Triangular Swaps

At Divergence v1, one swaps collateral tokens for calls or puts. A virtual curve is used to triangulate the relative value of calls, puts and collaterals as follows:

A Divergence v1 pool handles three assets: a call, a put, and a collateral token. Using the virtual curve, one swaps an amount of options premiums for a certain payout expected at settlement. The buyer obtains the right to receive this expected payout, represented by the options tokens.

The virtual curve tracks the squared root of the cross rate between call and put options. This cross rate is the relative value of puts quoted by calls. The put-call parity is used to compute the value of calls and puts quoted by collateral.

The current price of a call is 0.40 collateral. Per put-call parity, the price of a put must be 1 - 0.40 = 0.60 collateral. Therefore, the current sqrtPrice tracked by the virtual curve is sqrt(put price/call price) = sqrt(0.60/0.40).

When one swaps collaterals for calls, the call price rises. The put price must fall because of put-call parity. So, the cross rate of calls and puts drops. Conversely, the put price increases because of a put purchase. The call price declines accordingly, raising the cross rate.

The price of a call is 0.40 collateral, and the current sqrtPrice is sqrt(0.60/0.40). A buyer swaps for calls, and the call price rises to 0.45 collateral. Per put-call parity, the new put price must be 1-0.45 = 0.55 collateral. The sqrtPrice declines to sqrt(0.55/0.45).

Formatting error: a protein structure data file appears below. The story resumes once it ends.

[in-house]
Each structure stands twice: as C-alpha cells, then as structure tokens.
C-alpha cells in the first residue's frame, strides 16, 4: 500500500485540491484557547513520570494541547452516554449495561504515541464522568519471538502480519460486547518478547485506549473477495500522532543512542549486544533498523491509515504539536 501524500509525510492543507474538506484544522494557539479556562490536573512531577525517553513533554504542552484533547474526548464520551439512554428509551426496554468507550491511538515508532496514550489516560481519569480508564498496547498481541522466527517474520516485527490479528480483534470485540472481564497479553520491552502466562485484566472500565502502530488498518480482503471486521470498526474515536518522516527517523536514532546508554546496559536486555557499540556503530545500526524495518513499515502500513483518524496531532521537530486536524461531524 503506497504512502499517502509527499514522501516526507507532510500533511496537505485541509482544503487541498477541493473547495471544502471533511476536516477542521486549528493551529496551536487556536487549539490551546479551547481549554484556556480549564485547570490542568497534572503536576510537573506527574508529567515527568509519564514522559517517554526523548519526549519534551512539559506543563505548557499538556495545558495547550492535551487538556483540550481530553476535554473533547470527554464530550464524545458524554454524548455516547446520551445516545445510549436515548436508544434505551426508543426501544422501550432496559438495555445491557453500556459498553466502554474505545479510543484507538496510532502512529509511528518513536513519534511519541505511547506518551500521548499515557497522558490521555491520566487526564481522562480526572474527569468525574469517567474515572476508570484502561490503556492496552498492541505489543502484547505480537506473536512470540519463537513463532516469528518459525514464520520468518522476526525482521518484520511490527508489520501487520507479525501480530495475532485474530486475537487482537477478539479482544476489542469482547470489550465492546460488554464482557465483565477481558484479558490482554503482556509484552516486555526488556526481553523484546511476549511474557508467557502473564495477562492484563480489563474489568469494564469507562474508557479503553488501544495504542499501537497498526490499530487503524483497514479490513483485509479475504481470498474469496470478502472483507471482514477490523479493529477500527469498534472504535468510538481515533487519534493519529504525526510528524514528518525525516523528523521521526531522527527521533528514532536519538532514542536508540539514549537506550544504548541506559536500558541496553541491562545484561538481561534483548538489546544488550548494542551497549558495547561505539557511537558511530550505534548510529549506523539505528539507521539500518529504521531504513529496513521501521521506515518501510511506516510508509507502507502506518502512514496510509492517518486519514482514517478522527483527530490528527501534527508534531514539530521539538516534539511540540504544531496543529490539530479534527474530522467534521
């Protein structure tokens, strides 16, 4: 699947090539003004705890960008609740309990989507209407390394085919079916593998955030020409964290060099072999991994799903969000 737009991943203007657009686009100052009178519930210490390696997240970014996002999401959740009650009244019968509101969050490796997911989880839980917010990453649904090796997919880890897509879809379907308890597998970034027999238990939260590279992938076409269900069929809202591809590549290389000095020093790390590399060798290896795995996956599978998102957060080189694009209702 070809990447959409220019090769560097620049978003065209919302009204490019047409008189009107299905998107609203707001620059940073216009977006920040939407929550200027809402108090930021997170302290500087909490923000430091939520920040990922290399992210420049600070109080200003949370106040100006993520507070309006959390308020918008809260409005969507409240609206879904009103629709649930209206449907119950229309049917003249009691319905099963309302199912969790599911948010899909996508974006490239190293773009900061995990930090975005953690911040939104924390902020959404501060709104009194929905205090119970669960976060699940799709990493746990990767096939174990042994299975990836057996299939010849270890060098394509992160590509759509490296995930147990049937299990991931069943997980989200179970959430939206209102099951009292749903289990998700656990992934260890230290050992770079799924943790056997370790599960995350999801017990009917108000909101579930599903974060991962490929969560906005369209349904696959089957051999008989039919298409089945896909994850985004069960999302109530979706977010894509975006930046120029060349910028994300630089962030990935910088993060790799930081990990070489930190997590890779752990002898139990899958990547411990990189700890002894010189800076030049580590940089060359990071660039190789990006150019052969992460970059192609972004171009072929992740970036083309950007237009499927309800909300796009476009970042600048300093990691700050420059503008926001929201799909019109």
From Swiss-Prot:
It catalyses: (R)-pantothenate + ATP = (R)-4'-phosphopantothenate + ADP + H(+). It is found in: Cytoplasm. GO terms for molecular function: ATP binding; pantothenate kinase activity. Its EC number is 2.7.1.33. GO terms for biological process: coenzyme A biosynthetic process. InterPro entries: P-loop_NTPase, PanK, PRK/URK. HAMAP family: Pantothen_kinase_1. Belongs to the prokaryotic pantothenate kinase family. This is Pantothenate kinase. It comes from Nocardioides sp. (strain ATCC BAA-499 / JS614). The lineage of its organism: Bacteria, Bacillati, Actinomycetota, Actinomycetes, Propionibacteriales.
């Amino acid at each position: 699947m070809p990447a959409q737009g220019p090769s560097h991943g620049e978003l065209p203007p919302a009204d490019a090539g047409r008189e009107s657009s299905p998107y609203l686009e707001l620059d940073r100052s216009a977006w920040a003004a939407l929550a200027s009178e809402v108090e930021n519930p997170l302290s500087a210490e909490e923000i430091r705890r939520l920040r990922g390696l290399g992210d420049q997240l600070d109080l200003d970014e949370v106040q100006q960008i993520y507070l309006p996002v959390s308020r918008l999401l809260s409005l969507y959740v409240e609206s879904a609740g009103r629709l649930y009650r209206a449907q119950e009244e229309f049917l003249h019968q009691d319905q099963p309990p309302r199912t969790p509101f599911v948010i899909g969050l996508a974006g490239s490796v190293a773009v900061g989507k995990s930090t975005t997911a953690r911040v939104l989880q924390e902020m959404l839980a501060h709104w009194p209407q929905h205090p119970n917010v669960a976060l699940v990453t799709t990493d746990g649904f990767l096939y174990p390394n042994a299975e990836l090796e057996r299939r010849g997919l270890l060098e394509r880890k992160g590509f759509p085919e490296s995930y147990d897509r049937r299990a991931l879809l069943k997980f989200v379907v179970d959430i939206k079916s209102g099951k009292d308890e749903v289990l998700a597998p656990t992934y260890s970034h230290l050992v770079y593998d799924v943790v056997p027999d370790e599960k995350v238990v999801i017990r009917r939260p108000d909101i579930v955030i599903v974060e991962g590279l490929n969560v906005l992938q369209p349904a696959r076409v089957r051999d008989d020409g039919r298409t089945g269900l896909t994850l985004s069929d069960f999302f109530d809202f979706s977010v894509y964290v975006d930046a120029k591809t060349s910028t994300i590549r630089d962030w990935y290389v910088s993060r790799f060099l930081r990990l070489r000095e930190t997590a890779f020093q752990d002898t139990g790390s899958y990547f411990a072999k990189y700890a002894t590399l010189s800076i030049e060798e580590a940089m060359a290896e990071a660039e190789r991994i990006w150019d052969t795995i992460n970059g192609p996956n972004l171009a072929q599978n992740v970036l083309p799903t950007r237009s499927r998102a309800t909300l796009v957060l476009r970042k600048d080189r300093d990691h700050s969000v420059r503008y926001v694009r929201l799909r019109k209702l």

The price of a put is 0.60 collateral, and the current sqrtPrice is sqrt(0.60/0.40). A buyer swaps for puts, and the put price rises to 0.70 collateral. Per put-call parity, the new call price must be 1-0.70 = 0.30 collateral. The sqrtPrice rises to sqrt(0.70/0.30).

One can receive the same amount of call or put tokens when a liquidity range is crossed entirely from above, or below. This liquidity range has to observe put-call parity:

Premiums for Calls + Premiums for Puts = Payoff for Calls (Puts)

It must be noted that premiums for calls (puts) can serve as expected returns for puts (calls) sold in the same liquidity range. If this put-call parity is broken, it generates triangular arbitrage within a pool. So, the pool has to triangulate the transactions as such:

1️ receives a collateral value of calls (or puts) as options premium

2️ combines with a collateral value of puts (or calls) and reserves the payout for settlement

3️ mints call (or put) tokens for the buyer

This triangulation process ensures that, for the same liquidity range, a long call and a long put can settle each other, regardless of the outcome.

Alice buys a call and Bob buys a put. At settlement, one pockets 1 DAI, retrieving paid premium plus return. And the other loses the premium. If the underlying price settles below the strike price, Alice’s premium ends up with Bob. Otherwise, Bob’s premium goes to Alice.

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